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Dave Chappelle is very serious about no cell phones at his shows

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Even after they became movie stars, the Marx Brothers would tour the vaudeville circuit, testing out new material and refining it before a live audience before immortalizing it on film. Of course, that could never happen today, because on the first stop of the tour some jerk with a smartphone would film the part of the act that didn’t work and post it on YouTube with a sensationalist title like “GROUCHO GOES NUTSO IN TOLEDO” or something.

Dave Chappelle knows this all too well, after footage of him talking trash to some idiots in the audience who thought it was hilarious to yell “I’m Rick James, bitch!” like he had never heard that before in 2013 went viral, sparking think pieces first about how Chappelle had an onstage “meltdown,” and second about how Chappelle’s “meltdown” wasn’t a “meltdown” after all. Anyway, that wasn’t the first and it wouldn’t be the last time Chappelle has had problems with audience members and their phones at his shows, so now he’s implementing extreme measures to prevent videotaping at his current run of 13 sold-out stand-up shows in Chicago.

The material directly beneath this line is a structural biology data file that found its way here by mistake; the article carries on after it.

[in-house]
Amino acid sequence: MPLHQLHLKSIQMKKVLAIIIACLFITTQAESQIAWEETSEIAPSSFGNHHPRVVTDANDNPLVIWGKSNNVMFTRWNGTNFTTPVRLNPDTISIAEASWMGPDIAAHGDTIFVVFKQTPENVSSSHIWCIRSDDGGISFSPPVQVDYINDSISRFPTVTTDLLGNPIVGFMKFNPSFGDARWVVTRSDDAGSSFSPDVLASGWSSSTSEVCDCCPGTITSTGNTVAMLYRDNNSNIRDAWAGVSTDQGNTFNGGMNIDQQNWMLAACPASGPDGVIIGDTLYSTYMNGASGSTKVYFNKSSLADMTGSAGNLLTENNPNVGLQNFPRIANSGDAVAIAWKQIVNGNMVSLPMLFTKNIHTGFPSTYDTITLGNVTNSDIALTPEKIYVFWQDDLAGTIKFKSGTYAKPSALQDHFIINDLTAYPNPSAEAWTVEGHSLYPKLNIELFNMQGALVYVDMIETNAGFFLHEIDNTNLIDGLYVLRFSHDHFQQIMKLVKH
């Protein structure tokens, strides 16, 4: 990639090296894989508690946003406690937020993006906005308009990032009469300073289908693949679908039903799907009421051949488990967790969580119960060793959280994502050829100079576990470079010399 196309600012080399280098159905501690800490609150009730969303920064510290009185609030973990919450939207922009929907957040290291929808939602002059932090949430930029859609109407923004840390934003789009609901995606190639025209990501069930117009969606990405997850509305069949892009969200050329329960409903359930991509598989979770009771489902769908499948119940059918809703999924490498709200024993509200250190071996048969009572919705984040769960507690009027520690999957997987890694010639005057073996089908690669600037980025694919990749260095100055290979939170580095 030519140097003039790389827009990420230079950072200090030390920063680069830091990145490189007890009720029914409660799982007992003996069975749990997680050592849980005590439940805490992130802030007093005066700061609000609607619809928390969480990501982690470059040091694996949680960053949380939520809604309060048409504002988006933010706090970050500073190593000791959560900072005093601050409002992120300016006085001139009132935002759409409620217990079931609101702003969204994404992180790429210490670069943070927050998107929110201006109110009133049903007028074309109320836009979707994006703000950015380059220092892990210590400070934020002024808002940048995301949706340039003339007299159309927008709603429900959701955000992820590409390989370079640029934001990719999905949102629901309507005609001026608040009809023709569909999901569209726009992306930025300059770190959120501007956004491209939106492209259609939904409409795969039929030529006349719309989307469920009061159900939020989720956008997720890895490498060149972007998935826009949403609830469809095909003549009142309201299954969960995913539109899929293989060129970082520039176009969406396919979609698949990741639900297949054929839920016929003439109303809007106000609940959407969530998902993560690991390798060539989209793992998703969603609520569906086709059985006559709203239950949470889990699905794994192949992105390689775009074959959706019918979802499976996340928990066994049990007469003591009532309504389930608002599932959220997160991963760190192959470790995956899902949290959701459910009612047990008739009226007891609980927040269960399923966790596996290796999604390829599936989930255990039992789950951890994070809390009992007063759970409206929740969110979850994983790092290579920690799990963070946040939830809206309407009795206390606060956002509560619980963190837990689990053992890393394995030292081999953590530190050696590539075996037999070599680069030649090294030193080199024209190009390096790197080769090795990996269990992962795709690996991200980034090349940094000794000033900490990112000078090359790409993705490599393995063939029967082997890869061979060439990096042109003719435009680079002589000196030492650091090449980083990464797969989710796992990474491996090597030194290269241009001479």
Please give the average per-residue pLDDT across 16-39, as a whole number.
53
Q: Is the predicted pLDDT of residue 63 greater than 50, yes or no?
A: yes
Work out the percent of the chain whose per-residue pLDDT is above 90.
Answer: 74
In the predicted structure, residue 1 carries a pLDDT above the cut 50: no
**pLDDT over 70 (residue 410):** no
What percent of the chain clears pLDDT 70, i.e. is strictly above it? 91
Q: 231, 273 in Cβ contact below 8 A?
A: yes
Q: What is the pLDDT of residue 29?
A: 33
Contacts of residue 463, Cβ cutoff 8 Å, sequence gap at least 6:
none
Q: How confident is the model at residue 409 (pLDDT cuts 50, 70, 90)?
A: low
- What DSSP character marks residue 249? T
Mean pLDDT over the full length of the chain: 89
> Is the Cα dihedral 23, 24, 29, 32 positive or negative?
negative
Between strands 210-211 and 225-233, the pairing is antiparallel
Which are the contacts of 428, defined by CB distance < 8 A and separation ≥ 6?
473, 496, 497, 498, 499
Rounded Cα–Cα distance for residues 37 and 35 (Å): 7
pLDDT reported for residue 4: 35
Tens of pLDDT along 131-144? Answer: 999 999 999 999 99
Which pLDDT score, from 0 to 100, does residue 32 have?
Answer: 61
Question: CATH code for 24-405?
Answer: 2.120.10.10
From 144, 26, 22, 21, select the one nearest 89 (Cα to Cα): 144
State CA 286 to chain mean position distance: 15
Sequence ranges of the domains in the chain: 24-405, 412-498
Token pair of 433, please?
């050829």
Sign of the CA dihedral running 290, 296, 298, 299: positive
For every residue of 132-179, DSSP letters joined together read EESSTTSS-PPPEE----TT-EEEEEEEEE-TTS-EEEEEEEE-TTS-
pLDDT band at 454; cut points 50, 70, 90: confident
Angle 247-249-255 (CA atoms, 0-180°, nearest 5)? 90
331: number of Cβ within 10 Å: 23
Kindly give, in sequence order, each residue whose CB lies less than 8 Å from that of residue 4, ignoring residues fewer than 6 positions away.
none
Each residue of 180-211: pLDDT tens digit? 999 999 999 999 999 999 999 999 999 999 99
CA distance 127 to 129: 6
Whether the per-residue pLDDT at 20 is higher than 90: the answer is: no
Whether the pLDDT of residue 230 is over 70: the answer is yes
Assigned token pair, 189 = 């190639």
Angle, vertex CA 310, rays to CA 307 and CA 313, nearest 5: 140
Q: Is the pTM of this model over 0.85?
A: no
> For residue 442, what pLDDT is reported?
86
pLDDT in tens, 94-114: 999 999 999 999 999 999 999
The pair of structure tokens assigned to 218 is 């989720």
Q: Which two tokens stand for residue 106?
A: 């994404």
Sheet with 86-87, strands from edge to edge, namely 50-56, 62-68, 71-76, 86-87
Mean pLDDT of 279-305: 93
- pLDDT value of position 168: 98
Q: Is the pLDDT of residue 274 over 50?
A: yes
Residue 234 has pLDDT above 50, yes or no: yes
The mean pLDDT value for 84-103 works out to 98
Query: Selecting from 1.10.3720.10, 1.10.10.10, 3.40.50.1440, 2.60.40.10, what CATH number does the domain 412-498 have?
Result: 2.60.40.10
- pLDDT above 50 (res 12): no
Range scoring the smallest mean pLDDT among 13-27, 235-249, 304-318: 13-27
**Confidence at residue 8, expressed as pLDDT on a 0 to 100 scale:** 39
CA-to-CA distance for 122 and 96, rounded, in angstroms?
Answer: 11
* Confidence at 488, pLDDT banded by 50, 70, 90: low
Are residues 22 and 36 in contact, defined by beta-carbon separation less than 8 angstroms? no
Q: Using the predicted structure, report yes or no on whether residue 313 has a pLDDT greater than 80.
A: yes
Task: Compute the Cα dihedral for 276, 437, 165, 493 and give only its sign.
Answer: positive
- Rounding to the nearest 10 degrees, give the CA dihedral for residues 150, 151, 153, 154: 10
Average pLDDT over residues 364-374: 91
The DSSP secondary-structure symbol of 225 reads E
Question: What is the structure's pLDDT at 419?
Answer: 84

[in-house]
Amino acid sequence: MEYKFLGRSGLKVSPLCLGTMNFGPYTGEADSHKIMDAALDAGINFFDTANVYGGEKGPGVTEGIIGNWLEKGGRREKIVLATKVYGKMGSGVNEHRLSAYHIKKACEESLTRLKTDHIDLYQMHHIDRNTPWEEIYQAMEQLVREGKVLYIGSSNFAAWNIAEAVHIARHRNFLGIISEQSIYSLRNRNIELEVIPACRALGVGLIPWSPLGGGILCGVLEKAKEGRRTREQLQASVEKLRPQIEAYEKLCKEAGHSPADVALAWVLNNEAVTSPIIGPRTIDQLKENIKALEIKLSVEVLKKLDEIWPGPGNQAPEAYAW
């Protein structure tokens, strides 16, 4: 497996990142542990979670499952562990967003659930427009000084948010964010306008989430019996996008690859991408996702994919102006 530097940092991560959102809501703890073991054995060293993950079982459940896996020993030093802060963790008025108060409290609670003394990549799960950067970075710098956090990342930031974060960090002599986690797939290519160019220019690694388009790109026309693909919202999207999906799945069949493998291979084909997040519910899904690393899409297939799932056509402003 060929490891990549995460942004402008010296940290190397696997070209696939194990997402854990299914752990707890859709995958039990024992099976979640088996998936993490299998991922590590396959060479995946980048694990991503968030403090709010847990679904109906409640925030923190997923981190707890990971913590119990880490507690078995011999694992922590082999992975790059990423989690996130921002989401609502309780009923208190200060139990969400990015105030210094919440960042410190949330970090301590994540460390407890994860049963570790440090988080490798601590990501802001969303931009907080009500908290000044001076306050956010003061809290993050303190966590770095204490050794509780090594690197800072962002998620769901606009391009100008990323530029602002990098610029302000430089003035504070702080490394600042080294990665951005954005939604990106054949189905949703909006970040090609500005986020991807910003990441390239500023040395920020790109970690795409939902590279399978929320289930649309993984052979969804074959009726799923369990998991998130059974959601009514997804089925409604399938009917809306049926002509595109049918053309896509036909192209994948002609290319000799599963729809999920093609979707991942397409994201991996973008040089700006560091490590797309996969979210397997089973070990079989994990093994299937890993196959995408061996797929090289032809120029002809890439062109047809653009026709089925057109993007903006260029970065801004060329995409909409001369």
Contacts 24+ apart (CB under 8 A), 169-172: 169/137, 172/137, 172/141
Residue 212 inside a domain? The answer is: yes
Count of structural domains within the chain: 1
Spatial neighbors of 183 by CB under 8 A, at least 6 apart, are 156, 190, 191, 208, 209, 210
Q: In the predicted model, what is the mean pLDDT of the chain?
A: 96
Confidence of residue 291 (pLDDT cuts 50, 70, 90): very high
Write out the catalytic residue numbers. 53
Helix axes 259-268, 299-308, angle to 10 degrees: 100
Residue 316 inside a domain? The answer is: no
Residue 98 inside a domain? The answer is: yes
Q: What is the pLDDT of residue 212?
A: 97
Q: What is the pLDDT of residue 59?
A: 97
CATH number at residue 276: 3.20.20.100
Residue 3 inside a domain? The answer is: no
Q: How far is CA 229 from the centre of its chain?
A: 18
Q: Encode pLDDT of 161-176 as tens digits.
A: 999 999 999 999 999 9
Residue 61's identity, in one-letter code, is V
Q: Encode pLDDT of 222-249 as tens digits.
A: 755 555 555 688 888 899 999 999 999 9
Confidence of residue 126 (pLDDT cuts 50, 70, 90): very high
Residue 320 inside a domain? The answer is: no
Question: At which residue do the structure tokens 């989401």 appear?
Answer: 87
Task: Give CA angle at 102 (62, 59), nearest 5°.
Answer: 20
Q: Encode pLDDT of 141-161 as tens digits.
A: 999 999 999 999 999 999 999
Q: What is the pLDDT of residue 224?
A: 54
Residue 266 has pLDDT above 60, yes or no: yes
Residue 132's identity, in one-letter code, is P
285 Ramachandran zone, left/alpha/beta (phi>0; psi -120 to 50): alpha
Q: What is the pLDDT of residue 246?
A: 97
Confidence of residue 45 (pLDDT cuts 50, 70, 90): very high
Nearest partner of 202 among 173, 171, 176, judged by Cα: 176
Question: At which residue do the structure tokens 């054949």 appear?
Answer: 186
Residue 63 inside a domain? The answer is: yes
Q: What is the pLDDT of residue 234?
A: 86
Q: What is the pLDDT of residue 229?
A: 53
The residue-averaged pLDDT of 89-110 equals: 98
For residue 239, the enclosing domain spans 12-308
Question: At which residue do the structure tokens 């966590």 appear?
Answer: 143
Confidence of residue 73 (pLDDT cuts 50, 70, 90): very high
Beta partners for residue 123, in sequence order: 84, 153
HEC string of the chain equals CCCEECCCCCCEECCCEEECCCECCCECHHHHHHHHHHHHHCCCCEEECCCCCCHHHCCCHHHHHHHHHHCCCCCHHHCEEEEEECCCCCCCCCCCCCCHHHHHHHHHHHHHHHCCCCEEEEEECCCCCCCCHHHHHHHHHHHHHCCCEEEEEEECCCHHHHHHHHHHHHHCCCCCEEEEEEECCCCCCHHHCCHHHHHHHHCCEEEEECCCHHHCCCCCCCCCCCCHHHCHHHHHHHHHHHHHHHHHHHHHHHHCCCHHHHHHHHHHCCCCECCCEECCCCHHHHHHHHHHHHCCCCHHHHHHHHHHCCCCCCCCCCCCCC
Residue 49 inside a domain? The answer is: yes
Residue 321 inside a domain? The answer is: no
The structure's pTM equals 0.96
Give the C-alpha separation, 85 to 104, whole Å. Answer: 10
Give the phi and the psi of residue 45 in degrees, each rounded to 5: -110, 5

The Hollywood Reporter goes into detail about how, exactly, the staff at Chicago’s Thalia Hall plan to implement the “no cell phones policy,” a plan that involves a startup company called Yondr. Upon entering the venue, audience members will be instructed to place their smartphones in Yondr pouches, which come in three different sizes; once they enter the “no phone zone” inside the theater, the pouches will lock shut, subjecting patrons to several terrifying minutes of looking each other in the eye before the show starts. Should that become too intense, however, audience members are free to leave the “no phone zone” and retreat to a safe location outside of the immediate performance space—say, the lobby bar, or a restroom—where the pouch will unlock and they can dive into the sweet oblivion of social media once more.

If the experiment is successful, expect to see Yondr at more entertainment events—preview screenings of buzzed-about movies, for example, or secret shows by high-profile musicians. Presumably, J.J. Abrams is ordering custom Yondr sleeping bags to lock up the cast of The Force Awakens until the world premiere as we speak.

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